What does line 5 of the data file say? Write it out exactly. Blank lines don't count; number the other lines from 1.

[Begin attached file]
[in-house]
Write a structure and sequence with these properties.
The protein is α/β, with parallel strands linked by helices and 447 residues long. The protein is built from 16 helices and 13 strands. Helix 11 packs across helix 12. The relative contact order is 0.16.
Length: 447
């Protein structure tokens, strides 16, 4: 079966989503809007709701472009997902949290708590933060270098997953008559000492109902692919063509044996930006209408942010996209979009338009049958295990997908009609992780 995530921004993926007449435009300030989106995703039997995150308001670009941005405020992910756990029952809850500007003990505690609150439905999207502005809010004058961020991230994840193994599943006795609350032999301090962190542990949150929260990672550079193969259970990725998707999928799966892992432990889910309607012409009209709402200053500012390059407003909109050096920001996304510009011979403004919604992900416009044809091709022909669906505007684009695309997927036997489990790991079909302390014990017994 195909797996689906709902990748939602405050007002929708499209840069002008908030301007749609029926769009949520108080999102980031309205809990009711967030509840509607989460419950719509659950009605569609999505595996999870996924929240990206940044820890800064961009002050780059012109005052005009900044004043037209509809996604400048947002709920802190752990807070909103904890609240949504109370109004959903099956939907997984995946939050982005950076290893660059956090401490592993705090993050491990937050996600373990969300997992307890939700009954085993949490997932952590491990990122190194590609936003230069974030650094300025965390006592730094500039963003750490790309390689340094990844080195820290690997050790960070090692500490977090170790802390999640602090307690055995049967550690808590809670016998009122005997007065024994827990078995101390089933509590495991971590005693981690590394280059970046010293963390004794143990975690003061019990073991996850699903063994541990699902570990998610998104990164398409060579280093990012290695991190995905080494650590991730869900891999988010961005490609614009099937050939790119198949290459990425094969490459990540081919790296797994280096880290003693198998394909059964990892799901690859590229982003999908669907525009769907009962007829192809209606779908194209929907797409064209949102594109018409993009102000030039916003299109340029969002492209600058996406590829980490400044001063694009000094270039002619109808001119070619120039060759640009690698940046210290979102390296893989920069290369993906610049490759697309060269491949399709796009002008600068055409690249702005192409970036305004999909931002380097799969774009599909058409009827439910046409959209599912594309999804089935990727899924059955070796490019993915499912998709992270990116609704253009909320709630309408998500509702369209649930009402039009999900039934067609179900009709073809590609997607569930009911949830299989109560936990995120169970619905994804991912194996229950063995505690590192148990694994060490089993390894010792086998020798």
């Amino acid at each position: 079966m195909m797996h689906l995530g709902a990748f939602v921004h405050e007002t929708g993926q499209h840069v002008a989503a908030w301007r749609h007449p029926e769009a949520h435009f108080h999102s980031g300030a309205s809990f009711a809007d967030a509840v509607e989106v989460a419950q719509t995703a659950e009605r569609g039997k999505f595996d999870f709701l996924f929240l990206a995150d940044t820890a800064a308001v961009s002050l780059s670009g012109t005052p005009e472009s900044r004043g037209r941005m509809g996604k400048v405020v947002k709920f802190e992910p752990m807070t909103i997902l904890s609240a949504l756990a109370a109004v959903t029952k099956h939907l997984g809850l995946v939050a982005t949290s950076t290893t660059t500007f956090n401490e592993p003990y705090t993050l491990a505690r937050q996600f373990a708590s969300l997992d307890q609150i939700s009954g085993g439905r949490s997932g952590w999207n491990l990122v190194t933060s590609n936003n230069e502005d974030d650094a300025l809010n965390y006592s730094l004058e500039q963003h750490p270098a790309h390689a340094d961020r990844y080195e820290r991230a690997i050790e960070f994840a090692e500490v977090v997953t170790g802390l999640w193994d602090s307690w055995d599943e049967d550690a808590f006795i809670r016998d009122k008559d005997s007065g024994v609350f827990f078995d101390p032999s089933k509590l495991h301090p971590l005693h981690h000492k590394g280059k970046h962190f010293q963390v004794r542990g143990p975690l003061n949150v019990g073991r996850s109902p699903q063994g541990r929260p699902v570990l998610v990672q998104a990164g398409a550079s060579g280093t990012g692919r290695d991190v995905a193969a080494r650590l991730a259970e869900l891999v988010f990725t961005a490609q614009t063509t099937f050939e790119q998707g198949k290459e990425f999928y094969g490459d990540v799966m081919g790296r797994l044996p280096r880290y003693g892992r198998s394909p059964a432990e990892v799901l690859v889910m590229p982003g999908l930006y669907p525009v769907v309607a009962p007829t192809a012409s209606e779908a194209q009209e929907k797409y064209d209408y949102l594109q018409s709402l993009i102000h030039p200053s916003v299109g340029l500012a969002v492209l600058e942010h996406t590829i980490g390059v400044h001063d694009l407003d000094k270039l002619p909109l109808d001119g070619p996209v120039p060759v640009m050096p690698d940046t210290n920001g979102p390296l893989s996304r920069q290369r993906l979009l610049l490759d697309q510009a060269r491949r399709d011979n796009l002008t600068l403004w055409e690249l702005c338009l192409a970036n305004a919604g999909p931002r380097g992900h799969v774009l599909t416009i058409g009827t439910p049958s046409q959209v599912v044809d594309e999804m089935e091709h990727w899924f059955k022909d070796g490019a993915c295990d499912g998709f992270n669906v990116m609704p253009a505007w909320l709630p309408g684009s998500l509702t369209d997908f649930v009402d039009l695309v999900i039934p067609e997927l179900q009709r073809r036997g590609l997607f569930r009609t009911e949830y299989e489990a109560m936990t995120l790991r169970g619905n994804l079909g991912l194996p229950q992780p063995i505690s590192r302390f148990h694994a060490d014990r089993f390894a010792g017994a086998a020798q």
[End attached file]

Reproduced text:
């Protein structure tokens, strides 16, 4: 079966989503809007709701472009997902949290708590933060270098997953008559000492109902692919063509044996930006209408942010996209979009338009049958295990997908009609992780 995530921004993926007449435009300030989106995703039997995150308001670009941005405020992910756990029952809850500007003990505690609150439905999207502005809010004058961020991230994840193994599943006795609350032999301090962190542990949150929260990672550079193969259970990725998707999928799966892992432990889910309607012409009209709402200053500012390059407003909109050096920001996304510009011979403004919604992900416009044809091709022909669906505007684009695309997927036997489990790991079909302390014990017994 195909797996689906709902990748939602405050007002929708499209840069002008908030301007749609029926769009949520108080999102980031309205809990009711967030509840509607989460419950719509659950009605569609999505595996999870996924929240990206940044820890800064961009002050780059012109005052005009900044004043037209509809996604400048947002709920802190752990807070909103904890609240949504109370109004959903099956939907997984995946939050982005950076290893660059956090401490592993705090993050491990937050996600373990969300997992307890939700009954085993949490997932952590491990990122190194590609936003230069974030650094300025965390006592730094500039963003750490790309390689340094990844080195820290690997050790960070090692500490977090170790802390999640602090307690055995049967550690808590809670016998009122005997007065024994827990078995101390089933509590495991971590005693981690590394280059970046010293963390004794143990975690003061019990073991996850699903063994541990699902570990998610998104990164398409060579280093990012290695991190995905080494650590991730869900891999988010961005490609614009099937050939790119198949290459990425094969490459990540081919790296797994280096880290003693198998394909059964990892799901690859590229982003999908669907525009769907009962007829192809209606779908194209929907797409064209949102594109018409993009102000030039916003299109340029969002492209600058996406590829980490400044001063694009000094270039002619109808001119070619120039060759640009690698940046210290979102390296893989920069290369993906610049490759697309060269491949399709796009002008600068055409690249702005192409970036305004999909931002380097799969774009599909058409009827439910046409959209599912594309999804089935990727899924059955070796490019993915499912998709992270990116609704253009909320709630309408998500509702369209649930009402039009999900039934067609179900009709073809590609997607569930009911949830299989109560936990995120169970619905994804991912194996229950063995505690590192148990694994060490089993390894010792086998020798």